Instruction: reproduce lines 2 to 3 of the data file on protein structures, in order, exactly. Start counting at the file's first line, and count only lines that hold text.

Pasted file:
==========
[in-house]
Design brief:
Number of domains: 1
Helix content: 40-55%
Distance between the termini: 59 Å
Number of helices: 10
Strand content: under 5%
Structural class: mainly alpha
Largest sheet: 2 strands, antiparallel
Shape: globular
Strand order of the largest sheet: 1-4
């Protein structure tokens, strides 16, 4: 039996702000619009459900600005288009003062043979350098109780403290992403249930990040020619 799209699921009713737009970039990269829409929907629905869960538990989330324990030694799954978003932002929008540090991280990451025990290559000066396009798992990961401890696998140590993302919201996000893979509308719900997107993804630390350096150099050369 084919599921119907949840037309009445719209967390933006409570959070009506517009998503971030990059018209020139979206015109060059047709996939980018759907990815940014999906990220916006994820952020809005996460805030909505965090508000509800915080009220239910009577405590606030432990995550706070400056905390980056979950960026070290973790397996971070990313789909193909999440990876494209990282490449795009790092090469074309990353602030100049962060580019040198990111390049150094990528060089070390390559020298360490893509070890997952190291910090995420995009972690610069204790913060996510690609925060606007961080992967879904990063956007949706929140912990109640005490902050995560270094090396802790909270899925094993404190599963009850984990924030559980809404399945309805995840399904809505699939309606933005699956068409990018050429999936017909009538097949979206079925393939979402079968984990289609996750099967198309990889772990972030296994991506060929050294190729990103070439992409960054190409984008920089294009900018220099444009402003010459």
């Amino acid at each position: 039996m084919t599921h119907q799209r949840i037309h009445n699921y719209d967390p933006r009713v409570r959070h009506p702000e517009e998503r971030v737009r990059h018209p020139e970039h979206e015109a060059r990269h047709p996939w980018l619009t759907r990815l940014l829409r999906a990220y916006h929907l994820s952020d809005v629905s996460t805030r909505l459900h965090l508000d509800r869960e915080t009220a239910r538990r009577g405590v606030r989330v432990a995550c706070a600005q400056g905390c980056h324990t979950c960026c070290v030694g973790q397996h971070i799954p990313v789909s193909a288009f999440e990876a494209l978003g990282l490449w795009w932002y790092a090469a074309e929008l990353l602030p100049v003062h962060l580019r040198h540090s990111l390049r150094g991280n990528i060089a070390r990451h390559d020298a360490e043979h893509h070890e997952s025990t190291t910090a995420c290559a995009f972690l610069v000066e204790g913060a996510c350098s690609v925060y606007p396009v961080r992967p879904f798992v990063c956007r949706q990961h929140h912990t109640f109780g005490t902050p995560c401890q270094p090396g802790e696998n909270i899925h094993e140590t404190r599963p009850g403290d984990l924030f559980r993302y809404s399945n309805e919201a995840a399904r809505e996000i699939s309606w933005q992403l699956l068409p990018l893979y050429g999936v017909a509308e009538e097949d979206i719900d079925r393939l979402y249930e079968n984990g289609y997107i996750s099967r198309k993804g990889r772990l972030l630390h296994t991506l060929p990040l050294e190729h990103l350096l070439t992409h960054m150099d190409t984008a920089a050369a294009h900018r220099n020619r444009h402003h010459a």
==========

Design brief:
Number of domains: 1